The point here is that Goldberg's attitude was quite typical for right-wingers. People who supported the war didn't feel the need to actually go over to Iraq and spend years in a foreign land actually getting themselves involved in learning a foreign language and dealing with a very different culture. Patriotism only demanded so much.

According to Summers, yes, any military or any country's political leadership can carry out short, brief military actions without getting broad-based buy-in from the country's civilian population, but any war that costs significant time and resources must get the civilian population emotionally involved. People must be absolutely convinced that the war is of immense significance and that it's worth great sacrifice to win it. Bush failed to get civilians from the right wing to go to Iraq as civilian reconstruction personnel, which explains why $8 billion of the money allocated to Iraqi reconstruction was lost. Without on-the-ground personnel overseeing projects and with Americans attempting to supervise projects from desks inside the “Green Zone” in Baghdad or from the US, it wasn't at all surprising that the US reconstruction effort was a complete flop.

Getting Americans motivated

The first step to getting Americans enthusiastically involved in the conquest/occupation of Iraq wassupervised by Madeleine Albright in February 1998. Albright brought several fellow war hawks to a town meeting in Ohio. It was a PR disaster as citizens vigorously questioned why Iraq was considered to be a threat and why that threat had to be neutralized via a war. Albright and her people were unable to answer these objections and the Clinton Administration didn't make any further attempts to whip up the public to supporting a war against Saddam Hussein and his country.

It's generally accepted among many former skeptics that no, President George W. Bush and VP Dick Cheney didn't arrange for 9-11 to happen, but the belief was based on solid facts. Bush and Cheney both had oil industry roots, there was good reason to believe that the US oil industry would profit enormously via an American occupation of Iraq and 9-11 occurred just a few years after Albright's failed attempt to get American citizen buy-in for a war against Iraq. Al Jazeera points out that safeguarding civilians was certainly not on the agenda of the invading Americans:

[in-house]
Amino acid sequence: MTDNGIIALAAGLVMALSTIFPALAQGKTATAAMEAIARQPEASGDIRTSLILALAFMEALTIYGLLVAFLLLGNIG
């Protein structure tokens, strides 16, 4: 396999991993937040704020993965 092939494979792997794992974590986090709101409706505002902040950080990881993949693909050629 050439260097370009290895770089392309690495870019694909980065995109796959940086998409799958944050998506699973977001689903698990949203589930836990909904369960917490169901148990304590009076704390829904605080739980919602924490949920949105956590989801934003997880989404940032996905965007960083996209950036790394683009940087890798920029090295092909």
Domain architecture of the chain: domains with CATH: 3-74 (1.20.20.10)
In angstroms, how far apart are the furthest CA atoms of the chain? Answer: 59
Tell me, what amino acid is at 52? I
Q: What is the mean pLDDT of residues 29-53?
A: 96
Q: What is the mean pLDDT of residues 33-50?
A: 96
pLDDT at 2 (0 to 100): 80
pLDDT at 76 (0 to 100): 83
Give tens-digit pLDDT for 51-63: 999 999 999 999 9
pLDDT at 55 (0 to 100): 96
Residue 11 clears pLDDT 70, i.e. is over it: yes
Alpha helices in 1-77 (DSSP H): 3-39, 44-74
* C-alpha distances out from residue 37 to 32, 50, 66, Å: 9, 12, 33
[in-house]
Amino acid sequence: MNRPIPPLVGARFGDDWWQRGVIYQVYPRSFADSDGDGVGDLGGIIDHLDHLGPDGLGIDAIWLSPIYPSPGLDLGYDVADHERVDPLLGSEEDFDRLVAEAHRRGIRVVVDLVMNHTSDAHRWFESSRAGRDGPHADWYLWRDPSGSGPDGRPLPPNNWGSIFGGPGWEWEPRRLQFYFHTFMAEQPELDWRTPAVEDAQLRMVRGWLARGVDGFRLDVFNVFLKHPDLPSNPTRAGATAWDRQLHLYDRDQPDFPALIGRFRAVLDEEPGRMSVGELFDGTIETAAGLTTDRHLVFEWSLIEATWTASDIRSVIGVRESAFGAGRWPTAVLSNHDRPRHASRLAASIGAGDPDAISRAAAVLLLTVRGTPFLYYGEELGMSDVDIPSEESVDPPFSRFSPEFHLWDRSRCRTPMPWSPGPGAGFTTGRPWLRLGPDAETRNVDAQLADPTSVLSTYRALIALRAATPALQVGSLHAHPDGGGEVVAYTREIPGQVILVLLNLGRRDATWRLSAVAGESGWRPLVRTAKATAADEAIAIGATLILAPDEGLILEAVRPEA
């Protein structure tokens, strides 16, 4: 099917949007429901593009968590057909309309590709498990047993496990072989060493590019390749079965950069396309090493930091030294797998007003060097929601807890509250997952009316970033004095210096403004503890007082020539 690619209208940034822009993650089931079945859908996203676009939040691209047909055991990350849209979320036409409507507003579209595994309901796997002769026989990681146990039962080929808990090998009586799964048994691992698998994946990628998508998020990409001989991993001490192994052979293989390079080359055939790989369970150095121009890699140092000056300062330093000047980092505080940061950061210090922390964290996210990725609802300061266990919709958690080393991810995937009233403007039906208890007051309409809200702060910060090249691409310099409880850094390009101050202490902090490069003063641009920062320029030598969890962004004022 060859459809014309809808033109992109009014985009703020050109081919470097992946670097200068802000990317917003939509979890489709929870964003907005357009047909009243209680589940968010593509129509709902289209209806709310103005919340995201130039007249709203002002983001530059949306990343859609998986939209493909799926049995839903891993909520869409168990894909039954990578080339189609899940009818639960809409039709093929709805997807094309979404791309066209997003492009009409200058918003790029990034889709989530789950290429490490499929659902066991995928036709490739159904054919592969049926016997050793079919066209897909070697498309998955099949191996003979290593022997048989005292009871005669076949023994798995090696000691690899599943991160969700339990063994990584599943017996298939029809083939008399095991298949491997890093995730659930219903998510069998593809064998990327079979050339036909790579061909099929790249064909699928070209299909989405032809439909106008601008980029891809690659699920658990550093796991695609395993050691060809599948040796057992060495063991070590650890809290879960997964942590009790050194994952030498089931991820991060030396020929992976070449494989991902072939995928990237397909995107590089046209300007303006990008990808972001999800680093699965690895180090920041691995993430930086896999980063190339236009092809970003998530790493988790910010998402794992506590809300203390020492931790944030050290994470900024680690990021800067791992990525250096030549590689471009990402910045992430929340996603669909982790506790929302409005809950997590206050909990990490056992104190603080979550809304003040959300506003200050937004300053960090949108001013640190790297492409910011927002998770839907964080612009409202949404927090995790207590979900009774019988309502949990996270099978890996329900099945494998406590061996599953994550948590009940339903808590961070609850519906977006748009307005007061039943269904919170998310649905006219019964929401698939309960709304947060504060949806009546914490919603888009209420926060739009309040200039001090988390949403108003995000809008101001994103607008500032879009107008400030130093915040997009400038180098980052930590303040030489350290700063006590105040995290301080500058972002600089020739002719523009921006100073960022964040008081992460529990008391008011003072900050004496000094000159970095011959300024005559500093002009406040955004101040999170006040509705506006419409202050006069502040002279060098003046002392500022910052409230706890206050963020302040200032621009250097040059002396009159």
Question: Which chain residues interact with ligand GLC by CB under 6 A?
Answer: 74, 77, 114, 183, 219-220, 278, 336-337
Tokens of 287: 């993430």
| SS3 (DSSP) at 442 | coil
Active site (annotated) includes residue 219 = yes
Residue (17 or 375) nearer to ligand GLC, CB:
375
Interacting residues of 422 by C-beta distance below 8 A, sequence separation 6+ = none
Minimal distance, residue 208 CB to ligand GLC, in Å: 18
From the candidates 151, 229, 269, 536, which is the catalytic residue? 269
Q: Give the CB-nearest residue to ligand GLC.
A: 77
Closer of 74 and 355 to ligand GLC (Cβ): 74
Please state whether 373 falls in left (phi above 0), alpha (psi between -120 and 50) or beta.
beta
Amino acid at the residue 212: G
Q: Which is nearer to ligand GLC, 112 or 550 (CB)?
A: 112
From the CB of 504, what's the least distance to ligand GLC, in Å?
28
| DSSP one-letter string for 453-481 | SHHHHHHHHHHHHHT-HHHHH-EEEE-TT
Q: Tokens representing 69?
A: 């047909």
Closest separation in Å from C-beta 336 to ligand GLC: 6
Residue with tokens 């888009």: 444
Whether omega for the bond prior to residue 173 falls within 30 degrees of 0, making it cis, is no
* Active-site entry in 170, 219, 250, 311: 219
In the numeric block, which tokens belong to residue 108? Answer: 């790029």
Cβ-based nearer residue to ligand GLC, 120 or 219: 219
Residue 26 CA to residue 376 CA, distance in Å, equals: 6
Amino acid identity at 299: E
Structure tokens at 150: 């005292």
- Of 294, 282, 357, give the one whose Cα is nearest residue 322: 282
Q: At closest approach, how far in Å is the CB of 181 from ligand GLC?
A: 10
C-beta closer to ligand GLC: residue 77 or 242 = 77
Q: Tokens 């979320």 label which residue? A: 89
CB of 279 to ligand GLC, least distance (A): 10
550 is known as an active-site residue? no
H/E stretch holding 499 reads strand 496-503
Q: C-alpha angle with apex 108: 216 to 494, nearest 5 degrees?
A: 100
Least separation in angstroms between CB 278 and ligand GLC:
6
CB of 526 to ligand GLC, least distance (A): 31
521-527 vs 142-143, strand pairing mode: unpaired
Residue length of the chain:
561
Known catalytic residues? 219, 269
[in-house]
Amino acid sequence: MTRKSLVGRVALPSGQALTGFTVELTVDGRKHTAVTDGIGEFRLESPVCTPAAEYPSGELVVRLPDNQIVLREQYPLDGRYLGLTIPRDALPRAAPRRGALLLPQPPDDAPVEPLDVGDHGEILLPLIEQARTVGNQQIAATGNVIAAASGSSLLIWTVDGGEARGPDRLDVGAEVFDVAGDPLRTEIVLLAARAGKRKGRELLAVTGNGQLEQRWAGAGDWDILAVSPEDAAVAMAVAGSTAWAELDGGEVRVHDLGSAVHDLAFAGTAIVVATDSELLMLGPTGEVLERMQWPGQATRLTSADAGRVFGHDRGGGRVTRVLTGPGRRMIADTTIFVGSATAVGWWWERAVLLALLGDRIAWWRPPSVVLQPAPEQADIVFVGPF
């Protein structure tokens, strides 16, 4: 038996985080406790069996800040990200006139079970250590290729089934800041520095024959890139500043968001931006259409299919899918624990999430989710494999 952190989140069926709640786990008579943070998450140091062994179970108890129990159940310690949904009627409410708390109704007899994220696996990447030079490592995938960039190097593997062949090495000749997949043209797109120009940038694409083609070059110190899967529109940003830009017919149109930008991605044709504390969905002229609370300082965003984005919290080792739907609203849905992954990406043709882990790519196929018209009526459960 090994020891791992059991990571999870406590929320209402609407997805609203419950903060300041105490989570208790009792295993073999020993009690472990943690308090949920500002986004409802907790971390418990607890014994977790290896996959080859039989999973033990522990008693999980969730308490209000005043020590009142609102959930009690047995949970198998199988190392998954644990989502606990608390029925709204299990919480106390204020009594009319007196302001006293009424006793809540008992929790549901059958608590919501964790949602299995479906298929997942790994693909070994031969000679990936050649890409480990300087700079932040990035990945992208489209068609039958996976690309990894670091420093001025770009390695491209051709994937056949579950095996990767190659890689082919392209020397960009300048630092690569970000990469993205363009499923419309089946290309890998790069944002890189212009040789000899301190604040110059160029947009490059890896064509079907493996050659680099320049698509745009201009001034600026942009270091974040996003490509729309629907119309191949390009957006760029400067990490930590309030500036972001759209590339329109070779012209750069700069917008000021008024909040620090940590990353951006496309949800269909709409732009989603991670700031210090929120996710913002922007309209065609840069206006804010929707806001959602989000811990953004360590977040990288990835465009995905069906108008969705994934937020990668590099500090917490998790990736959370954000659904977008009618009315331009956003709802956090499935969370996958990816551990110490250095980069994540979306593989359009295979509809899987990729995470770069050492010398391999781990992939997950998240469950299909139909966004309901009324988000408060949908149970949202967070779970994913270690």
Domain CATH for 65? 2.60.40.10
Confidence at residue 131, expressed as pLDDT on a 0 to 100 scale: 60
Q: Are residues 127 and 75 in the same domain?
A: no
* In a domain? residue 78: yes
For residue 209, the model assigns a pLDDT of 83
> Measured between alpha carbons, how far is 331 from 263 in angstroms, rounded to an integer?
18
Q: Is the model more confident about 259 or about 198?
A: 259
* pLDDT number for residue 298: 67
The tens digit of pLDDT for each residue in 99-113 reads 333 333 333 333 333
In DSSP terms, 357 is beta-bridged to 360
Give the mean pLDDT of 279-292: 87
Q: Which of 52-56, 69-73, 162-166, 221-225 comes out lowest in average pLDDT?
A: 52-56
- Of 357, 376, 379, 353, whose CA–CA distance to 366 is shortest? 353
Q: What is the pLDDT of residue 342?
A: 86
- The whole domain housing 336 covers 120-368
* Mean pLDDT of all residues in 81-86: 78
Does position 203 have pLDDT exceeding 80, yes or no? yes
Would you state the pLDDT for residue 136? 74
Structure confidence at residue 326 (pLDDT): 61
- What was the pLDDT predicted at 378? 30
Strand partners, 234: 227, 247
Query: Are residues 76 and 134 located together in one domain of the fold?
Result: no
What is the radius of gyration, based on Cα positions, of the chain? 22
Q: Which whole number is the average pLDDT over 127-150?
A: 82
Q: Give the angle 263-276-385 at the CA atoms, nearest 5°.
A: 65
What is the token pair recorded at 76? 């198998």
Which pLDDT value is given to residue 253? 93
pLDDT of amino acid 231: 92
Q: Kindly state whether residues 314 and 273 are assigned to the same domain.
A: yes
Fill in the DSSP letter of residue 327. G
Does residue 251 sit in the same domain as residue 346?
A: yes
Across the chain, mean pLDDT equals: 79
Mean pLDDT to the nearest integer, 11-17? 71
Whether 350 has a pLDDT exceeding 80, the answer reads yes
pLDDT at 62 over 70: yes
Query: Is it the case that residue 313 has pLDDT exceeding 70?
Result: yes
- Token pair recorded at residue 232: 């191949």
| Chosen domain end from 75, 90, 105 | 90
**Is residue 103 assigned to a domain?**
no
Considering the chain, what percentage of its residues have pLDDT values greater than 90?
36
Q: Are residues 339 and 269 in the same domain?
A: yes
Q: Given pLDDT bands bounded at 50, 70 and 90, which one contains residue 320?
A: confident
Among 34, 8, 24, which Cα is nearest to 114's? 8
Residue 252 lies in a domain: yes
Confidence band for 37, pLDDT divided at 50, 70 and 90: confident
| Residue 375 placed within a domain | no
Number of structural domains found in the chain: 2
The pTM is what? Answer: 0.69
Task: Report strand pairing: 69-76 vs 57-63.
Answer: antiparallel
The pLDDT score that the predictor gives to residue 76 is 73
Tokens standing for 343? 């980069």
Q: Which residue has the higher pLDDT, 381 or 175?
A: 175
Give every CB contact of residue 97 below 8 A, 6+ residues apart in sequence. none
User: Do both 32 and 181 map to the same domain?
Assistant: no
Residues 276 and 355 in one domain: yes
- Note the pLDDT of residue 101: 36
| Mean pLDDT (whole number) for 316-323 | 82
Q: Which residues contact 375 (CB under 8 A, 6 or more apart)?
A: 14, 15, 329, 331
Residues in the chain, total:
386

The Iraq invasion cannot be reasonably described as a case of "humanitarian intervention" for three reasons. The means used in the war - a "shock and awe" bombing campaign, including the use of cluster munitions in populated areas - were clearly not designed with the objective of safeguarding Iraqi civilians. Secondly, there was no evidence of the triggering mechanism for a humanitarian intervention, such as mass slaughter or crimes that shock humanity. Saddam had a terrible track record but, during the run-up to war, no such crimes were ongoing or imminent. Third, humanitarian motives were clearly not dominant, as the war would probably not have occurred in the absence of the issues of WMD and/or the al-Qaeda connection. During his February 2003 presentation to the UN, even Colin Powell's slides related to Saddam's human rights violations were labelled, "Iraq: Failing to Disarm". 



Even if regular people didn't buy that Iraq had something to do with 9-11, the Washington DC press corps certainly did. What we do know for certain is that Bush & Cheney manipulated the information suppled by America's intelligence agencies to make it appear that Hussein had something to do with 9-11. 

The deleted paragraphs in the summary called "Key Judgements" read:

"Baghdad for now appears to be drawing a line short of conducting terrorist attacks with conventional or CBW against the United States, fearing that exposure of Iraqi involvement would provide Washington a stronger cause for making war.
Iraq probably would attempt clandestine attacks against the US Homeland if Baghdad feared an attack that threatened the survival of the regime were imminent or unavoidable, or possibly for revenge."

Many on the right wing have made their defense of the Bush Administration center around the allegation that Democratic Senators had access to the same intel that Bush had and that they reached the same conclusion. No, Democrats had access to the intel that Bush edited to make it look as though Iraq was a threat.

As documented below, by the most scientifically respected measures available, Iraq lost 1.4 million lives as a result of OIL [Operation Iraqi Liberation], saw 4.2 million additional people injured, and 4.5 million people become refugees. The 1.4 million dead was 5% of the population. That compares to 2.5% lost in the U.S. Civil War, or 3 to 4% in Japan in World War II, 1% in France and Italy in
World War II, less than 1% in the U.K. and 0.3% in the United States in World War II. The 1.4 million dead is higher as an absolute number as well as a percentage of population than these other horrific losses.